I'm so excited to share this with you today. This post, in a three part series, has been a work in progress. It comes to you after much study and personal experience. It's my wish that the information will inspire as well as educate. I believe that God has not only given us plants as nourishing foods to strengthen and feed our bodies, but I also believe that He has given us the gift of plants for our health and healing. As I've discovered, these plants are to be used with skill, thanksgiving, and respect. The use of herbs in every day wellness and home health care is very appealing to me. For one thing, I love plants and all that gardening entails. I love having a role in helping people heal. To know and demonstrate through the loving care I give, this gift of "the Healer's Art" isn't something that comes naturally. I want this blessing, especially in my role as a mother; a role I take very seriously. I want to do all in my power to take care of myself and my loved ones. Being self sufficient, knowledgeable, and prepared is something in which I'm constantly engaging in and striving for. Sometimes, I think I was born in the wrong century! Don't get me wrong. I do appreciate the blessing it is to have modern health care. I am grateful for the services that allopathic medicine has and will provide for my family. However, I'm finding it a little disgruntling that most medicines seem to mask the symptoms, don't seem to really heal the cause, and leave questionable side effects. Why the focus on disease instead of prevention? That's why I find herbs and natural medicine so appealing. These things are so accessible and affordable for the common man. I'm looking for something that will strengthen, cleanse, nourish, and heal my body. And all that comes proactively, mostly by the things I do on a daily basis: what I feed myself and my family and the ways in which we honor and treat these bodies. So, let's get down to the nitty gritty, shall we? May I present to you a little bit of what I do in my home to bring this about: The Herbal Wellness Pantry or the Home Apothecary This is my new shelf (the one that almost broke my foot ) that I've organized in the last few days. Can I tell you how much I love this new kitchen addition? Top Shelf: ~small lidded basket for the essential oils I use in the diffuser, in homemade household cleaners, ones that are handier in the kitchen. ~mortar and pestle to grind herbs, flowers, spices. ~wooden bowl with muslin bags used in herbal baths. ~White clay for facial masks, bath salts. ~Poppy seeds: culinary use, facial scrub. ~Marshmallow Root: used in teas for sore throats, diarrhea, constipation, bronchial inflammation. ~Calendula flower petals: used in soap making, hair rinse, nourishing and soothing for skin. Middle Shelves: ~Dried Elderberries: used in infection fighting/immune strengthening syrup. ~Catnip: used to help bring down a fever, calming and sedative/ digestive aid tea. ~Dried Rosehips: high in antioxidants, vitamin C, iron; used in infection fighting/immune strengthening syrup. ~Echinacea: used in infection fighting/immune strengthening syrup, tinctures, capsulated. ~Comfrey: amazing tissue and bone healer used in poultices, burn ointment and skin salves. ~Cinnamon sticks: warming to the body in hot drinks, used in infection fighting/immune strengthening syrup. ~Whole Cloves: warming to the body in hot drinks, used in infection fighting/immune strengthening syrup. ~BF&C (Dr. Christopher's Bone, Flesh, and Cartilage formula) used is fomentation or teas (soaking) for injured or damaged tissue or bone. ~Calcium Tea: a blend of nettles, oatstraw, horsetail (a whole food based absorbable form of calcium and other minerals I drink as a tea to strengthen my bones) ~Lavender: used aromatically in pillows, sachets, in bath water. Aids in alleviating stress, tension, insomnia. ~Bay Leaf: culinary and aromatic uses. ~Chamomile: used as a tea for treating colic, nervousness, infections, digestion. Also nice addition to the bath. Can be used as an eye wash for conjunctivitis (pink eye). ~Peppermint: my favorite tea. Helpful herb for digestion, stomach cramps, nausea, stimulant herb. ~Yarrow: used in a hot tea or bath water to help induce sweating and lowering fevers. Can be applied to cuts or wounds to disinfect and stop bleeding. ~Red Raspberry leaf: wonderful tonic herb to aid and regulate women's reproductive system, high in iron; helpful in times of sickness and fever. ~Cayenne: powerful and stimulating to the circulatory system by equalizing the blood pressure. Will stop bleeding if sprinkled on a wound, as well as stop a bloody nose (take 1/4-1 t. in a glass of water, or capsule or tincture dropperful). also an aid in shock (same procedure as bloody nose) and head ache. Energy bringer (I take some before I go running; great endurance and speed help in my races). Used in ointment that we have in the first aid kit. You get used to the kick after time. ~Slippery Elm: inner bark powder helpful for soothing inflammation, burn, sore throat or cough (used in homemade lozenges) diarrhea (mix a tablespoon with a bit of oatmeal in a gruel), constipation. ~Mustard powder: used as poultice for respiratory issues or in bath water when there's a fever (sweat inducing). Other things I store in my kitchen: ~fresh garlic cloves: super infection fighter and antiseptic, stimulating to the immune and circulatory systems. Used in poultices, infused in olive oil to rub on lymph nodes, chest, feet. Eaten raw. ~ginger root: very helpful made in a tea for stomach and digestion disorders; very warming to the body, helpful in inducing a sweat (fevers). ~fresh lemons: used in a tea with honey and ginger root when feeling ill. Cleansing to the body, especially the liver. ~apple cider vinegar: used in washing the body (diluted) after breaking a sweat when fevering. ~raw honey: taken (not those under 1 year old) by the spoonful (or simmered with onions in a natural cough syrup, used in immune strengthening/infection fighting syrups. Helpful for seasonal allergies. ~onions: will break up congestion when baked or sauteed and then placed as a poultice on chest.  Herb Drying Rack: (All grown and harvested from my garden!) ~Thyme: infection/fever tea ~Marjoram: culinary (Italian seasoning blend) ~Stevia: homegrown sweetener ~Lavender: I can't seem to grow enough. ~Lemon Balm: sedative, calming, and anti- depressive herb used in teas or bath soaks. ~Oregano: infection fighter, culinary (Italian seasoning blend). Stay tuned for tomorrow's Part 2: The Tackle Box First Aid and Wellness Kit and Thursday's Part 3: Essential Oils in the Home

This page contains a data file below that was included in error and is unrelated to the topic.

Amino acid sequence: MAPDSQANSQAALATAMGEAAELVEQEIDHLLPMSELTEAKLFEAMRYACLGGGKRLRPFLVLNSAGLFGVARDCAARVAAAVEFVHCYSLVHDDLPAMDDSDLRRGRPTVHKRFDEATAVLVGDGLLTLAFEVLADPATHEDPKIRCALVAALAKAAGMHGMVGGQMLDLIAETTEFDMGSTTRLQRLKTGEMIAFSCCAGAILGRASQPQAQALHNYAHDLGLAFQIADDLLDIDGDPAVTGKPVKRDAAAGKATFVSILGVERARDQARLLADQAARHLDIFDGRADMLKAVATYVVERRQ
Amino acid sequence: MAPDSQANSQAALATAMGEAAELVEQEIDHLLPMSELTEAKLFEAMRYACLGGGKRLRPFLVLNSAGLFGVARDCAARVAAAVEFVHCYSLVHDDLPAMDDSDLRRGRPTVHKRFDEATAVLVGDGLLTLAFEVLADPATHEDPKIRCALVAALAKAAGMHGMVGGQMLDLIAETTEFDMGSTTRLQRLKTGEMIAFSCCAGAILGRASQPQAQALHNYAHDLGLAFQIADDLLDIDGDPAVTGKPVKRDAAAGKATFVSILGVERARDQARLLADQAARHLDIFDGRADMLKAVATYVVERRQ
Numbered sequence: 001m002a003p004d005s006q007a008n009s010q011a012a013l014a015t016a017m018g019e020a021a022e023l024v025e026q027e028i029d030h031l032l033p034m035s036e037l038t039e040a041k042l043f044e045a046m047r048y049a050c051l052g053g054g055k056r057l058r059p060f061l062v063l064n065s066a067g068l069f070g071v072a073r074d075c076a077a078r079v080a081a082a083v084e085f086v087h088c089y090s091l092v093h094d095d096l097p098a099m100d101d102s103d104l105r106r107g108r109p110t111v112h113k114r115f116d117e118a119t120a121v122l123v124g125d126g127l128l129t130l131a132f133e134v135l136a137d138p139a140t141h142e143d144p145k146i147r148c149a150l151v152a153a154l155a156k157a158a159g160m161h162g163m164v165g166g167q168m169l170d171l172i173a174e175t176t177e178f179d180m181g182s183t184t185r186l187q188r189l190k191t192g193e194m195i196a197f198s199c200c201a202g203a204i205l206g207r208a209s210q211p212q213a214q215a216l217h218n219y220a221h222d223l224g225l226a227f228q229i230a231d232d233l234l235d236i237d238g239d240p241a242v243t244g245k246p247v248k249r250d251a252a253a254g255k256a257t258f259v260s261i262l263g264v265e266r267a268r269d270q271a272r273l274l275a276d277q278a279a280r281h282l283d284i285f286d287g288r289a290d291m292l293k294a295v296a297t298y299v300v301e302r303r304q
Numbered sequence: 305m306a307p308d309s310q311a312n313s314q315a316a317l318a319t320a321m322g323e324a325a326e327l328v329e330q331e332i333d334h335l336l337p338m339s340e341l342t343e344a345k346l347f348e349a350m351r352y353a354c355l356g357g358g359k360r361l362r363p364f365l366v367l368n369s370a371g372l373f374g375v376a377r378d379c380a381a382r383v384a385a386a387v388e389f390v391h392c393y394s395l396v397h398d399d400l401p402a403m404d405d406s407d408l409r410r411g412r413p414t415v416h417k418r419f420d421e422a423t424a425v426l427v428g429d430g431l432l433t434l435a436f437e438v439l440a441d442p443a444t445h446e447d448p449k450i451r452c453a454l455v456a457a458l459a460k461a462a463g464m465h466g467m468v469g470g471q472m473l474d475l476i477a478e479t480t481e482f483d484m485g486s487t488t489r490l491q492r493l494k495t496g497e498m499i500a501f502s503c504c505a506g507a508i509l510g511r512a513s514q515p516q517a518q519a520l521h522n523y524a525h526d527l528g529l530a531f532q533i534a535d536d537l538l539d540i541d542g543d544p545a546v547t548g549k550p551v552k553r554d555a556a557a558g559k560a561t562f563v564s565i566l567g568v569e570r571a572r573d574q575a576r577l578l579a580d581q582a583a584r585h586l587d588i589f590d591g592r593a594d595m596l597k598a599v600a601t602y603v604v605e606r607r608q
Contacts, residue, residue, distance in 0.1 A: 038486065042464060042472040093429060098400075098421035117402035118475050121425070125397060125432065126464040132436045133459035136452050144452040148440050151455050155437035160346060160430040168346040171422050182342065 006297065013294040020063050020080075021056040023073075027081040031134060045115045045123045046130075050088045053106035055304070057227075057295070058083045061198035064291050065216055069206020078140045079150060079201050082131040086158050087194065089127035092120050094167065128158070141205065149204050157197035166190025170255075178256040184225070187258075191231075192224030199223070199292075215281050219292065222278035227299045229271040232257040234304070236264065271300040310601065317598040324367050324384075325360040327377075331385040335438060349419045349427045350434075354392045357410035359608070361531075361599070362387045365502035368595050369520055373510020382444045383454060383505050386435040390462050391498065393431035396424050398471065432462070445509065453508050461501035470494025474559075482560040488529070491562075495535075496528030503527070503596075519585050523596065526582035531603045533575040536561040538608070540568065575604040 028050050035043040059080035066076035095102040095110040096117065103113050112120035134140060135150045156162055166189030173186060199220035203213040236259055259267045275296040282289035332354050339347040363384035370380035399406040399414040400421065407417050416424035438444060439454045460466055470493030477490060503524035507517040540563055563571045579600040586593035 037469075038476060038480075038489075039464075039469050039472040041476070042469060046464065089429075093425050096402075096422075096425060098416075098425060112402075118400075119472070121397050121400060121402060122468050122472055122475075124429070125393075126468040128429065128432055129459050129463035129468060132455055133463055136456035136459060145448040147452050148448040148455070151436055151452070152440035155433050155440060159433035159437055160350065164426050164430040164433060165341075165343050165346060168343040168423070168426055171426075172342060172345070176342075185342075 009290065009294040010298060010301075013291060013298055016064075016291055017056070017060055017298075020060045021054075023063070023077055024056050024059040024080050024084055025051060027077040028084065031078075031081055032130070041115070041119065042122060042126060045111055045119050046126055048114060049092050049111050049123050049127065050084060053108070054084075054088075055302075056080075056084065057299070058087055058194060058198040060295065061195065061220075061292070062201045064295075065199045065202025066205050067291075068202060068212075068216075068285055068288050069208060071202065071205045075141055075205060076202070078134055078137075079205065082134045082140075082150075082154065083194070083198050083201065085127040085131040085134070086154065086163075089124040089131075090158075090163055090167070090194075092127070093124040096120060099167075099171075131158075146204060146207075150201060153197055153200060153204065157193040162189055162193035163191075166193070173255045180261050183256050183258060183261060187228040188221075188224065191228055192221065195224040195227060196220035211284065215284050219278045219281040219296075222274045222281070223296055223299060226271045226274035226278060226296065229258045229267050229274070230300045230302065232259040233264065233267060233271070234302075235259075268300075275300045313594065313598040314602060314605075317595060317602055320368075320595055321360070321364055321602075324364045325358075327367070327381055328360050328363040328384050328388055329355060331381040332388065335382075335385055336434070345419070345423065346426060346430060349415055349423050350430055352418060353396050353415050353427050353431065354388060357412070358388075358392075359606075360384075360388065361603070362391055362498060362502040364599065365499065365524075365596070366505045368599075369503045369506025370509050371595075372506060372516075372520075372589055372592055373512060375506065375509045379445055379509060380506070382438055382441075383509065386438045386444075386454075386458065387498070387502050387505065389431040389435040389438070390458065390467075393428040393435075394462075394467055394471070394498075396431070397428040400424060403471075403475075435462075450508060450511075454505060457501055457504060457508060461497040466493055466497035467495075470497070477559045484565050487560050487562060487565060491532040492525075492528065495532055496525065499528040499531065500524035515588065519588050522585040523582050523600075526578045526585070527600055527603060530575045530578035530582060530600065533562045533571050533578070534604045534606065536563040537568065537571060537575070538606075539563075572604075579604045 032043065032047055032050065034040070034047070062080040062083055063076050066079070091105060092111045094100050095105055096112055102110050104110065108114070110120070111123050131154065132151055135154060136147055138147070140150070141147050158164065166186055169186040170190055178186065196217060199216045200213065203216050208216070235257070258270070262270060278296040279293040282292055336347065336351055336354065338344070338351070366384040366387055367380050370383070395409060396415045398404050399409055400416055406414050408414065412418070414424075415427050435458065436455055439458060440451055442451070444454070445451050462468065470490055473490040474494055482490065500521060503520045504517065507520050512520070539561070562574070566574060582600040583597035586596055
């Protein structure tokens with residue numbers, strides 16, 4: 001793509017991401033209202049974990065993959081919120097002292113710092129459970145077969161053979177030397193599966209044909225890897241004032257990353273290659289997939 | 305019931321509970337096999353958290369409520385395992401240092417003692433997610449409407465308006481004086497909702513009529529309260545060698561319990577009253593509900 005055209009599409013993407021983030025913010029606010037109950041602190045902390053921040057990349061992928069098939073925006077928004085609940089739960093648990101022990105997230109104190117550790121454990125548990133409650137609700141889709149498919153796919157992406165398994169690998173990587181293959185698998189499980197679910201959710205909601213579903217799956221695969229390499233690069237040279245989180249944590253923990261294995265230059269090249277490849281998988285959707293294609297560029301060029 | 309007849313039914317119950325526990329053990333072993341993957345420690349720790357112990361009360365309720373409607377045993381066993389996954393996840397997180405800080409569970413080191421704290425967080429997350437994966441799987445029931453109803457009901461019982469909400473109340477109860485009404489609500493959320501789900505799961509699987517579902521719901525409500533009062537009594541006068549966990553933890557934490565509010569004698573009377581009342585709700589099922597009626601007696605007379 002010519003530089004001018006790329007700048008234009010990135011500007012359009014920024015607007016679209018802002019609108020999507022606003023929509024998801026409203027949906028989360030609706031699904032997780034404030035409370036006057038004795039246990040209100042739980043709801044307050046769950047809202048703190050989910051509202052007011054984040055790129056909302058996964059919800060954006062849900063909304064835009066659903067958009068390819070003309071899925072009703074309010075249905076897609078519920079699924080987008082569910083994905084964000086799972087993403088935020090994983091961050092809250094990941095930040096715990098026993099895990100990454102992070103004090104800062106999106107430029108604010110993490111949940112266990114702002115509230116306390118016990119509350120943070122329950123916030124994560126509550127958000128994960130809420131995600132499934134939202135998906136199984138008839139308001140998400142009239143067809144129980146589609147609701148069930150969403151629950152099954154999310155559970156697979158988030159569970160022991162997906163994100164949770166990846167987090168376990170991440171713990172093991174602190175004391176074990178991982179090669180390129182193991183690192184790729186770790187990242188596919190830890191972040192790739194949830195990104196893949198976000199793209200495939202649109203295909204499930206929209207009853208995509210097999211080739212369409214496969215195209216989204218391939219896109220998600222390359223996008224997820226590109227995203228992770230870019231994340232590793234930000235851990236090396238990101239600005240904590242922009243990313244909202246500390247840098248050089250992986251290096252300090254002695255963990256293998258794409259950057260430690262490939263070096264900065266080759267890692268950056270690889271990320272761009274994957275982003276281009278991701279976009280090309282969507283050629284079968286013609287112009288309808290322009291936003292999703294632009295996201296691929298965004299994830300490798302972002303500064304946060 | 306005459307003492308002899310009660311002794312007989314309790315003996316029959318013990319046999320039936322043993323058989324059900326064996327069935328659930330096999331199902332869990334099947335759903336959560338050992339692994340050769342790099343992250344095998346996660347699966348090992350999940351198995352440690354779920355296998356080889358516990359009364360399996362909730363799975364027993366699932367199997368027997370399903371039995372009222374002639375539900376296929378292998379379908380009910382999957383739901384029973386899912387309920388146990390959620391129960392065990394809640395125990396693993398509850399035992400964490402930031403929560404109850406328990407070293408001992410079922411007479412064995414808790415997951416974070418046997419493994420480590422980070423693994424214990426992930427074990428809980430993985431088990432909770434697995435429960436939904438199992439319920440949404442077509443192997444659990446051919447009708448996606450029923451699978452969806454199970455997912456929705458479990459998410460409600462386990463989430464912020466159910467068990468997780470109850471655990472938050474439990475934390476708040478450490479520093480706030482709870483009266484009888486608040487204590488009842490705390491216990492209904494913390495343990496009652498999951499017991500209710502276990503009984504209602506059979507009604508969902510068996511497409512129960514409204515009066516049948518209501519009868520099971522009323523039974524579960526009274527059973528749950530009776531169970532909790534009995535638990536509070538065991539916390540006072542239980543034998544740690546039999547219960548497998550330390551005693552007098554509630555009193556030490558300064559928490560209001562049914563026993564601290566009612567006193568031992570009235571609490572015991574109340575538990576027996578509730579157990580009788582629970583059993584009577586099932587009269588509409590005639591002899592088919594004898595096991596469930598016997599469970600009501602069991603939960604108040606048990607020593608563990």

Categories: Healing Herbs, Medicinal Herbs, Ayurvedic Herbs, Ayurveda, Herbal Remedies, Home Remedies, Natural Remedies, Holistic Remedies, Natural Treatments